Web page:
"What I've seen dramatic market change in people's awareness or people's willingness to make a change, most of that gets driven when there's a regulatory requirement that says you have to do something. If you want to wait for things like sustainability plans to drive that, it'll happen, but it won't happen in a market-transformational way.
"I saw an application at Greenbuild that goes on an iPad that lets everyone in London walk down the street and see the energy performance of any building, and how that building is doing, in red, green or yellow. And the public has access to this information -- that all comes about because the government requires you to report this information.
"Once we have requirements to report information from this building, and that building has to report the same information, and two different companies own those buildings, there's going to be some really keen attention paid to doing something about the problem. But my experience is that customers are generally reluctant to make those purchases unless they're being mandated, even if it's a mandate within the company, especially in lean times, because it's more critical to maintain jobs. But until it gets pushed that way, that's how it is.
"In new buildings we're already doing this; ASHRAE's standards are good for new construction -- if youre doing something new, it's going to be more energy efficient. For existing buildings, very little is done to get energy efficiency going on a broad scale. Until we get some regulatory push, we're not going to see transformational change on the level that you're seeing at the Empire State Building.
"We have customers around the world who get 30 to 60 savings on their energy efficiency projects. Those savings levels are achievable in almost any building I've been in in my life, it's just a matter of figuring out how to make it happen, and putting it in place.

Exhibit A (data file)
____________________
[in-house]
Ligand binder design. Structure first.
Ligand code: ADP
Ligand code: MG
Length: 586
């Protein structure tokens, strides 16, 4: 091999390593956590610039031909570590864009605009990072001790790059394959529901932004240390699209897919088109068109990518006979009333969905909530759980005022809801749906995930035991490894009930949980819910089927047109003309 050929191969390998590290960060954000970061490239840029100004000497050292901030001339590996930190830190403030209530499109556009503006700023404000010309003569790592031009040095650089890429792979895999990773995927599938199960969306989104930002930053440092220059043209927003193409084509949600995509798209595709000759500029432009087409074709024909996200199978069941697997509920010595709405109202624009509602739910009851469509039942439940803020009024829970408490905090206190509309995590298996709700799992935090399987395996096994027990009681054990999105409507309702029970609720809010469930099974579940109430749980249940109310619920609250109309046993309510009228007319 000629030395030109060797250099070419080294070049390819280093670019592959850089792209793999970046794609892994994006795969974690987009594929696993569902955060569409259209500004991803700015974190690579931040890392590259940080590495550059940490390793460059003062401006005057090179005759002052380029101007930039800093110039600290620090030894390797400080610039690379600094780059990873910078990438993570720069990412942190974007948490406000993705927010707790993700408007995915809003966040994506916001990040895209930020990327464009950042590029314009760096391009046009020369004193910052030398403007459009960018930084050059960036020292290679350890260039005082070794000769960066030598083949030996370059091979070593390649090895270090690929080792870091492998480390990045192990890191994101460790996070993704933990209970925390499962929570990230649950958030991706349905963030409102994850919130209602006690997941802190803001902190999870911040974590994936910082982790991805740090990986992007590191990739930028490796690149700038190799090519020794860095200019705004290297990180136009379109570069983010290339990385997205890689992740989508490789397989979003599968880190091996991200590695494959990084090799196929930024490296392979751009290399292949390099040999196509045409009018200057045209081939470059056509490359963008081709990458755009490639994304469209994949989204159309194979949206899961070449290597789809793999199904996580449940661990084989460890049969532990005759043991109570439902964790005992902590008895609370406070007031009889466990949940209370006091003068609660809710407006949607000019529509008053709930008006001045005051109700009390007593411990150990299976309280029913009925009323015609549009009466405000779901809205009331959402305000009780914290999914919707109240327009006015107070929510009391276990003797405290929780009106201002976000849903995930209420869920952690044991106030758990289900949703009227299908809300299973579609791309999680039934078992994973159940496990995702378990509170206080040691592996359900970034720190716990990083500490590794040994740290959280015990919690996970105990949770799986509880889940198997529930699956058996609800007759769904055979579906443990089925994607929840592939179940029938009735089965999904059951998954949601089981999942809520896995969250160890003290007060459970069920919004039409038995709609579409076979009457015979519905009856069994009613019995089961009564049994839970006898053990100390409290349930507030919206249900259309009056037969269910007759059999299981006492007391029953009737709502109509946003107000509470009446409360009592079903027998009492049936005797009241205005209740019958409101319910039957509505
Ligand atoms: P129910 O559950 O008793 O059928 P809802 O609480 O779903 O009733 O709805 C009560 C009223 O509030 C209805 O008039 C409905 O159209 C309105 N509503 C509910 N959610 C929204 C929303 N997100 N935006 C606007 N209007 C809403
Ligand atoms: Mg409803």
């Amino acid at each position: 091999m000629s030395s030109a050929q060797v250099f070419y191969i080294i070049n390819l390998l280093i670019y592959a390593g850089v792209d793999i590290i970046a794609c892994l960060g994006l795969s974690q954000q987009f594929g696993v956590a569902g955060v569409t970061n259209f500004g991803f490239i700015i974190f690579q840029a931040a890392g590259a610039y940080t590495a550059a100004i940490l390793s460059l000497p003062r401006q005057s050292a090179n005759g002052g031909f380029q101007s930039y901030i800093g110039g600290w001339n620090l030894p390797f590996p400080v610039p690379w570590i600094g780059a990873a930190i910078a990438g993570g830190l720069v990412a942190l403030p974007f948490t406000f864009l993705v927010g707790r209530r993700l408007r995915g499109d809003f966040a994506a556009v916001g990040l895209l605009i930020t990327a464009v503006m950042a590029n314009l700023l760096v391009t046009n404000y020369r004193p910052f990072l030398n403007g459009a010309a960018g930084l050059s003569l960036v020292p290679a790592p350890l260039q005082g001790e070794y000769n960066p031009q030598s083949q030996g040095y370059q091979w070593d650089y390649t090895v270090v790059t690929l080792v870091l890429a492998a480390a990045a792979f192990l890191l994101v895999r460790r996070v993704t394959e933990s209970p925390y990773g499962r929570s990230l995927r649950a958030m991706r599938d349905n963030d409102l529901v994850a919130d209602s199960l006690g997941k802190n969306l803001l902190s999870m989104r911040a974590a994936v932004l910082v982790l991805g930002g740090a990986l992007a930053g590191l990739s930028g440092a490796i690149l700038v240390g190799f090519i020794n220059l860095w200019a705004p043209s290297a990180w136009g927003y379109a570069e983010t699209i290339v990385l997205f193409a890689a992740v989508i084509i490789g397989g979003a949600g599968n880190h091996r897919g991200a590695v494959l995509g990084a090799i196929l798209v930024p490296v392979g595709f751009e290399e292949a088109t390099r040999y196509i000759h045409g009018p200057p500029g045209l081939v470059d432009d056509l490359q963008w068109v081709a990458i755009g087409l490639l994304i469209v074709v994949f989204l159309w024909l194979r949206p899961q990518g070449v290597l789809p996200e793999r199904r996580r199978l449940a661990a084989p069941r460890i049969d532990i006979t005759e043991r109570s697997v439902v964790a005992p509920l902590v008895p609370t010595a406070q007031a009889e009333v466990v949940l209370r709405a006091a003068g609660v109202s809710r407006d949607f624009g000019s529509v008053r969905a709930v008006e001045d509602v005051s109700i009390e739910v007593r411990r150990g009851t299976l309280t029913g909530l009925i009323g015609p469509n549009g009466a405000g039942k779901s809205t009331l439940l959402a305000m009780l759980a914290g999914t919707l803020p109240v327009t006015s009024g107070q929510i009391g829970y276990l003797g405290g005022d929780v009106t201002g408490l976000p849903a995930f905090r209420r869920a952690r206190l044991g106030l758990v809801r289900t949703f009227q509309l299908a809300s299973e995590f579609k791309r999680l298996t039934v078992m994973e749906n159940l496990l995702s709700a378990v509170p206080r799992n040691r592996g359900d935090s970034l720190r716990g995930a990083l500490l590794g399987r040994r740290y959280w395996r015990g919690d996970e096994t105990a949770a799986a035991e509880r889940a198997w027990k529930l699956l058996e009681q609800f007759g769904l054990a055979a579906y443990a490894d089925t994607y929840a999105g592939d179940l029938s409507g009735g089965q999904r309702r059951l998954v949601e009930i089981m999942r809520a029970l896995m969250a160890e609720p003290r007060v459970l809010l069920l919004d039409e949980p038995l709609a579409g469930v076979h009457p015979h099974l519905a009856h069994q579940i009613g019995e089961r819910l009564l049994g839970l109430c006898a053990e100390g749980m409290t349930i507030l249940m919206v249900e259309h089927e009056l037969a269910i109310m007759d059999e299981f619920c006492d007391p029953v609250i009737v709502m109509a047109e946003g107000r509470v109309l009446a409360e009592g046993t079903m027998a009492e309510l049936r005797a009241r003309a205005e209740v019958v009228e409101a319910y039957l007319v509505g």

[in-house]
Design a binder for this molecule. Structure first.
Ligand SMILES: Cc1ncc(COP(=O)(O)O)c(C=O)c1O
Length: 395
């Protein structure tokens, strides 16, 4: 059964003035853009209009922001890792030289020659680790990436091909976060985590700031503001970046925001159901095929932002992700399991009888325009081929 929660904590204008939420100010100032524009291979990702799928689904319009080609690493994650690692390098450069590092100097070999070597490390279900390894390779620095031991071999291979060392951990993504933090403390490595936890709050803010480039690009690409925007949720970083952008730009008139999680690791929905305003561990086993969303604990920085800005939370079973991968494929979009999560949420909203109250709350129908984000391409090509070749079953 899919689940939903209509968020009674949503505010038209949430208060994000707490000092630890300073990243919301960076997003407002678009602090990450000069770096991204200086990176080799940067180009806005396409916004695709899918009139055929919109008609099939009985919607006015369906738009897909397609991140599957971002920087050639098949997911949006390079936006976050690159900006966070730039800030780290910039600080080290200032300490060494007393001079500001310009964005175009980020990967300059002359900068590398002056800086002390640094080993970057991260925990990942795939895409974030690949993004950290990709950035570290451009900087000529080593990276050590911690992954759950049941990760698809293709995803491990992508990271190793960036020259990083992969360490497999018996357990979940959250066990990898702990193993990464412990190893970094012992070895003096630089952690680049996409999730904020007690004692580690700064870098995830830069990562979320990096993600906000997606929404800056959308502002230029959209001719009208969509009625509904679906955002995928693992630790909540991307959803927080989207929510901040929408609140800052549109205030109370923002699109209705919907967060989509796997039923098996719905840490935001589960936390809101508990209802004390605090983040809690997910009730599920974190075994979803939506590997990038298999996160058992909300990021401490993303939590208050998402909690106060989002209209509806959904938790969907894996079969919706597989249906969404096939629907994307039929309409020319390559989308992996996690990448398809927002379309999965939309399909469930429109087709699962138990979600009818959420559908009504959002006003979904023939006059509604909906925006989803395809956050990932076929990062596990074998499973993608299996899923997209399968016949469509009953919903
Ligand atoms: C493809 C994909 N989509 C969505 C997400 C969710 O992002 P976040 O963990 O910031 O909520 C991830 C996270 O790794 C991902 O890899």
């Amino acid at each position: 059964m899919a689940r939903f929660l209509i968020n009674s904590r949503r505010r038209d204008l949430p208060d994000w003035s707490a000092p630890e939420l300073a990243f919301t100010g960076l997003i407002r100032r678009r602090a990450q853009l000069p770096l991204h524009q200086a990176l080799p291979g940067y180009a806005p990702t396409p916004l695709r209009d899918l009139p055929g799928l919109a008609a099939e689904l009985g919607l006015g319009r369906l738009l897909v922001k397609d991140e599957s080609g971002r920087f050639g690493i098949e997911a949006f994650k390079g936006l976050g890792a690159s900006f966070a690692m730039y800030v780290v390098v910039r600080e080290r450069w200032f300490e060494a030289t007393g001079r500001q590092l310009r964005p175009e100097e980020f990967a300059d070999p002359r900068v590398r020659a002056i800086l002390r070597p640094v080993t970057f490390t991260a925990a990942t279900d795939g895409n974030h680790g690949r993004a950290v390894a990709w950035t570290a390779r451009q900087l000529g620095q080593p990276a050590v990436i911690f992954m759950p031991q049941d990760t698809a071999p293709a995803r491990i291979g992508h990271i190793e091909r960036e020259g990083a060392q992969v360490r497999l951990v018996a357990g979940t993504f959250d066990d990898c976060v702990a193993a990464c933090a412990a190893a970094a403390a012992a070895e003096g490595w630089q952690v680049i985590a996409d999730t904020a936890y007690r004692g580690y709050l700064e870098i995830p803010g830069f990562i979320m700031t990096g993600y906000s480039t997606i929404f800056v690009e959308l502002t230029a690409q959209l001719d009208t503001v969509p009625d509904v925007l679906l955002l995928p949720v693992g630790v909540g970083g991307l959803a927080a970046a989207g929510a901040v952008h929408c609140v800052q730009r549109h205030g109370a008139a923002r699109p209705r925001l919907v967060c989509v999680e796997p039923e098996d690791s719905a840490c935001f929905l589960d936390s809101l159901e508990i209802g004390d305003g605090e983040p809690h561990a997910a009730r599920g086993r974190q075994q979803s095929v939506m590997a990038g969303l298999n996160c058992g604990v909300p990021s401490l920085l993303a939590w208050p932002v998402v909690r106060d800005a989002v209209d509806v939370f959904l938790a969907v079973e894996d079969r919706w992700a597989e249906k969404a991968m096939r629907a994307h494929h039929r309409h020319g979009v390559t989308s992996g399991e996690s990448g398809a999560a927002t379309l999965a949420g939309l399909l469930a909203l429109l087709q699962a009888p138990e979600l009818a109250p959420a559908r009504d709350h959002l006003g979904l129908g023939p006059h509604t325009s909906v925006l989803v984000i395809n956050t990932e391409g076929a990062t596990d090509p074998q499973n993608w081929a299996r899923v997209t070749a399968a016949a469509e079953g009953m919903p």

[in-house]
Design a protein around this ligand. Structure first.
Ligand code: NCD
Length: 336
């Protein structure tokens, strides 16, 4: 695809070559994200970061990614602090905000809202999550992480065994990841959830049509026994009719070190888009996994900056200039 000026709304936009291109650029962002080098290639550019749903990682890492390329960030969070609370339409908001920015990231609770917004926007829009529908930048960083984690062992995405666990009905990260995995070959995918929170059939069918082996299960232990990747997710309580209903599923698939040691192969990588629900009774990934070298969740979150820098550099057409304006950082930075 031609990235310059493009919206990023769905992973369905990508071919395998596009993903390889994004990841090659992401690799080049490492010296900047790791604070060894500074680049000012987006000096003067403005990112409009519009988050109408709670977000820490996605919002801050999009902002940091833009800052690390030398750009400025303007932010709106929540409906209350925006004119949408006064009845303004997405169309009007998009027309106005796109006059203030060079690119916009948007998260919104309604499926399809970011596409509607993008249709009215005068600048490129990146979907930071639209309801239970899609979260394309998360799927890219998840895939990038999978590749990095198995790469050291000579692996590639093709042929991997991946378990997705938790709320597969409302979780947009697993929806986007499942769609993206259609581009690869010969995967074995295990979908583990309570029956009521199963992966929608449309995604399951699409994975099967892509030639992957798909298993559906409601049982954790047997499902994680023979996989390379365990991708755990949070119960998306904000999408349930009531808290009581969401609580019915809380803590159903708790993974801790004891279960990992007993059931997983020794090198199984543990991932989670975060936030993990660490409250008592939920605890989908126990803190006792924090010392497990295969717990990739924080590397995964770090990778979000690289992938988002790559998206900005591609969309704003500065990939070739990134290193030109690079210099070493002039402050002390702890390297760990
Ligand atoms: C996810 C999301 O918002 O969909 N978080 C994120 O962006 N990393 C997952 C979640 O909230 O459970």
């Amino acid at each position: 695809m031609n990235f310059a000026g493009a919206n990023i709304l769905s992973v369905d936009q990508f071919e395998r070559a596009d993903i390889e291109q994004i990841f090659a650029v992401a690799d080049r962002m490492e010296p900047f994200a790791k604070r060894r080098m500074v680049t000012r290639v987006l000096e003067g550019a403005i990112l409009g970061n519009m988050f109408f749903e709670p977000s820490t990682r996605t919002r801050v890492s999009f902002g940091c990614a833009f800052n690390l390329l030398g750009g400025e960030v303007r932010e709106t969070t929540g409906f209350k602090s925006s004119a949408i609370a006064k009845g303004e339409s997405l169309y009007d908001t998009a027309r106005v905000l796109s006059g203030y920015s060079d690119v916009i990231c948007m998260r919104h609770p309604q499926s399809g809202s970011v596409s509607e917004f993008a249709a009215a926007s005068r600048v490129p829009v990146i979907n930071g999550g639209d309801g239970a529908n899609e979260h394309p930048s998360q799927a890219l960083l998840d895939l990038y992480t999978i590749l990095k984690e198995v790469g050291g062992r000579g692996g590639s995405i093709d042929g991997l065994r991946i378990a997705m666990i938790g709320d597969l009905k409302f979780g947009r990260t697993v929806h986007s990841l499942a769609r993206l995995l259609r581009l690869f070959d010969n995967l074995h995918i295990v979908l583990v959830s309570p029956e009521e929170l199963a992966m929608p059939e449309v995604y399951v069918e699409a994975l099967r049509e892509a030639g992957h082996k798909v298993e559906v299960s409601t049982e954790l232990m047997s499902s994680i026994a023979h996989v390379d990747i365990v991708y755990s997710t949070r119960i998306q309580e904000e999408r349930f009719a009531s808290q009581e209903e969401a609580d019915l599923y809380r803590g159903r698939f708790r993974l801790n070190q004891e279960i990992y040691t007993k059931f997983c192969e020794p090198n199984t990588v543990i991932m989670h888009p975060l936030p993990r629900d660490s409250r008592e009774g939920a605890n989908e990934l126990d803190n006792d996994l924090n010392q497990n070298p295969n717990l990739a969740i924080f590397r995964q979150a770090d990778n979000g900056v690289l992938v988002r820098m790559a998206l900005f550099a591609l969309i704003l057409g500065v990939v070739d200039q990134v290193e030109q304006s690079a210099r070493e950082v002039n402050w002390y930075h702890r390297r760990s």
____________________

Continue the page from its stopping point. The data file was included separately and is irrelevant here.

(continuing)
"We have a long way to go on energy efficiency, and the challenge I see is that it's not sexy, it's not visible. We don't want to the meters, we don't show you that yesterday the building did a good job or not so great a job. That's the kind of stuff that makes efficiency visible. If we made it a little more sexy, and more visible, we could get a little more traction."
Schneider Electric's Widdowson echoed Davenport's point, saying that his company sees the same kinds of savings possible -- and the same challenges to making efficiency visible -- in almost every building they approach, new or old.
Although there is a long way to go in building energy efficiency to levels where real impacts will be felt around the world, all the session's panelists had some optimism about making progress.
Bartlett explained that the technology is out in the world today to build the building of the future, and that IBM and other companies are creating dashboards that give easy visibility to events in smart buildings that would otherwise be lost in a data storm. "The technology is there, it's just a matter of applying it."
And Nesler said: "There's a lot of people still around the world looking at monthly utility bills. I mean, we [JCI] are in the business, and we're just installing meters now. We've even got one of the companies that makes the meters and they're just installing the meters now. So there's a large base of building owners around the world and in the U.S. that aren't taking advantage of this. They get the bill, someone pays it, and someone might look at it. There's a tremendous opportunity here."